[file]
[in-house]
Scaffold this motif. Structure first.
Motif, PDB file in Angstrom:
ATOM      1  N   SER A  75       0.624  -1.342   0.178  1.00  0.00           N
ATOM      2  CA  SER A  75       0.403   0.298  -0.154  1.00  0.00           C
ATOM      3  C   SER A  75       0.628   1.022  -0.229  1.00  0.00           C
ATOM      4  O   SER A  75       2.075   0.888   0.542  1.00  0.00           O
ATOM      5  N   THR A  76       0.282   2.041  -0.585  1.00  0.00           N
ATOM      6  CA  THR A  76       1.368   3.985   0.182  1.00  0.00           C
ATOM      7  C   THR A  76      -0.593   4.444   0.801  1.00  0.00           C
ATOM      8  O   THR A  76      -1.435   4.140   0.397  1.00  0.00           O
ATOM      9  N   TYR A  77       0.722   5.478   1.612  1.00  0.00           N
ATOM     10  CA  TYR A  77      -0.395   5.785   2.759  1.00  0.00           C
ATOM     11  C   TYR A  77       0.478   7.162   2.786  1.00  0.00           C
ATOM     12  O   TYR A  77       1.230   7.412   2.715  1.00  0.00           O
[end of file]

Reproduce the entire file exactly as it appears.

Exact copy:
[in-house]
Scaffold this motif. Structure first.
Motif, PDB file in Angstrom:
ATOM      1  N   SER A  75       0.624  -1.342   0.178  1.00  0.00           N
ATOM      2  CA  SER A  75       0.403   0.298  -0.154  1.00  0.00           C
ATOM      3  C   SER A  75       0.628   1.022  -0.229  1.00  0.00           C
ATOM      4  O   SER A  75       2.075   0.888   0.542  1.00  0.00           O
ATOM      5  N   THR A  76       0.282   2.041  -0.585  1.00  0.00           N
ATOM      6  CA  THR A  76       1.368   3.985   0.182  1.00  0.00           C
ATOM      7  C   THR A  76      -0.593   4.444   0.801  1.00  0.00           C
ATOM      8  O   THR A  76      -1.435   4.140   0.397  1.00  0.00           O
ATOM      9  N   TYR A  77       0.722   5.478   1.612  1.00  0.00           N
ATOM     10  CA  TYR A  77      -0.395   5.785   2.759  1.00  0.00           C
ATOM     11  C   TYR A  77       0.478   7.162   2.786  1.00  0.00           C
ATOM     12  O   TYR A  77       1.230   7.412   2.715  1.00  0.00           O